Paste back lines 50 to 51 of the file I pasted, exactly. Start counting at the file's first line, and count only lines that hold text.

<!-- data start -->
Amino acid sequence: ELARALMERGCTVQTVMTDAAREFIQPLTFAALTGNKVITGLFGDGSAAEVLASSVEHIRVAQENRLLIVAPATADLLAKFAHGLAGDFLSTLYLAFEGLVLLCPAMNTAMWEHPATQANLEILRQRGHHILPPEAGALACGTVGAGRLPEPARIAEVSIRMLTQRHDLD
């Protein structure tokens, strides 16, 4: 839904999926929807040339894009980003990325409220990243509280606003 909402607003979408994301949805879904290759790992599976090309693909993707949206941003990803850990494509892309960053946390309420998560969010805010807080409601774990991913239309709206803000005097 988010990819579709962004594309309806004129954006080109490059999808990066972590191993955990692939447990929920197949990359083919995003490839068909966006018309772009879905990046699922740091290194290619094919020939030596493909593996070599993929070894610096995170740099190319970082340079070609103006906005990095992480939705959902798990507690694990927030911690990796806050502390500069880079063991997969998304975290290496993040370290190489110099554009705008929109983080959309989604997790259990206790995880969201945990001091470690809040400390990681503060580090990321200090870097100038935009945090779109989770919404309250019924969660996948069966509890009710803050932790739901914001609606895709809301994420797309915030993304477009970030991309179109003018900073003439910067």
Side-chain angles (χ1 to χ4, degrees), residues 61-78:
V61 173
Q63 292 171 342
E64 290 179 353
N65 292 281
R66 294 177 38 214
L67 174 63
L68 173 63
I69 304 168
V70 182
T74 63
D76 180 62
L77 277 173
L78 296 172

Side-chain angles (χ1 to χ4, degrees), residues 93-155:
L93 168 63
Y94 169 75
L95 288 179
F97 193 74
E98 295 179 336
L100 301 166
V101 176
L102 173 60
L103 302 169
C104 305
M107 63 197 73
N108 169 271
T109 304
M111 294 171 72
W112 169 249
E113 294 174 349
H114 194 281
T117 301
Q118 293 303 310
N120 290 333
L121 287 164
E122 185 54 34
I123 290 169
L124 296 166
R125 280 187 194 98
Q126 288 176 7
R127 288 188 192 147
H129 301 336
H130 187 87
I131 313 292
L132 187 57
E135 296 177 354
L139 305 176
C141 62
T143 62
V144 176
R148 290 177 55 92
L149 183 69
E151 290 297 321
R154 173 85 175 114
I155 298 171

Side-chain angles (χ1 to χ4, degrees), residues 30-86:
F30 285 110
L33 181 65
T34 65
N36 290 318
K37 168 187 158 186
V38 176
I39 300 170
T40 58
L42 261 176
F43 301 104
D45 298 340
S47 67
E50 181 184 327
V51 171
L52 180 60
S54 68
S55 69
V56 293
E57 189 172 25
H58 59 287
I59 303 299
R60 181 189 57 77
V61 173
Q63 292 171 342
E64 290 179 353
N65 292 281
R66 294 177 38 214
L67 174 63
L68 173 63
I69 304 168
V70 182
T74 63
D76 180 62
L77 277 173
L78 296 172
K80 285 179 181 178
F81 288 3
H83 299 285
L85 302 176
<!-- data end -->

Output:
L139 305 176
C141 62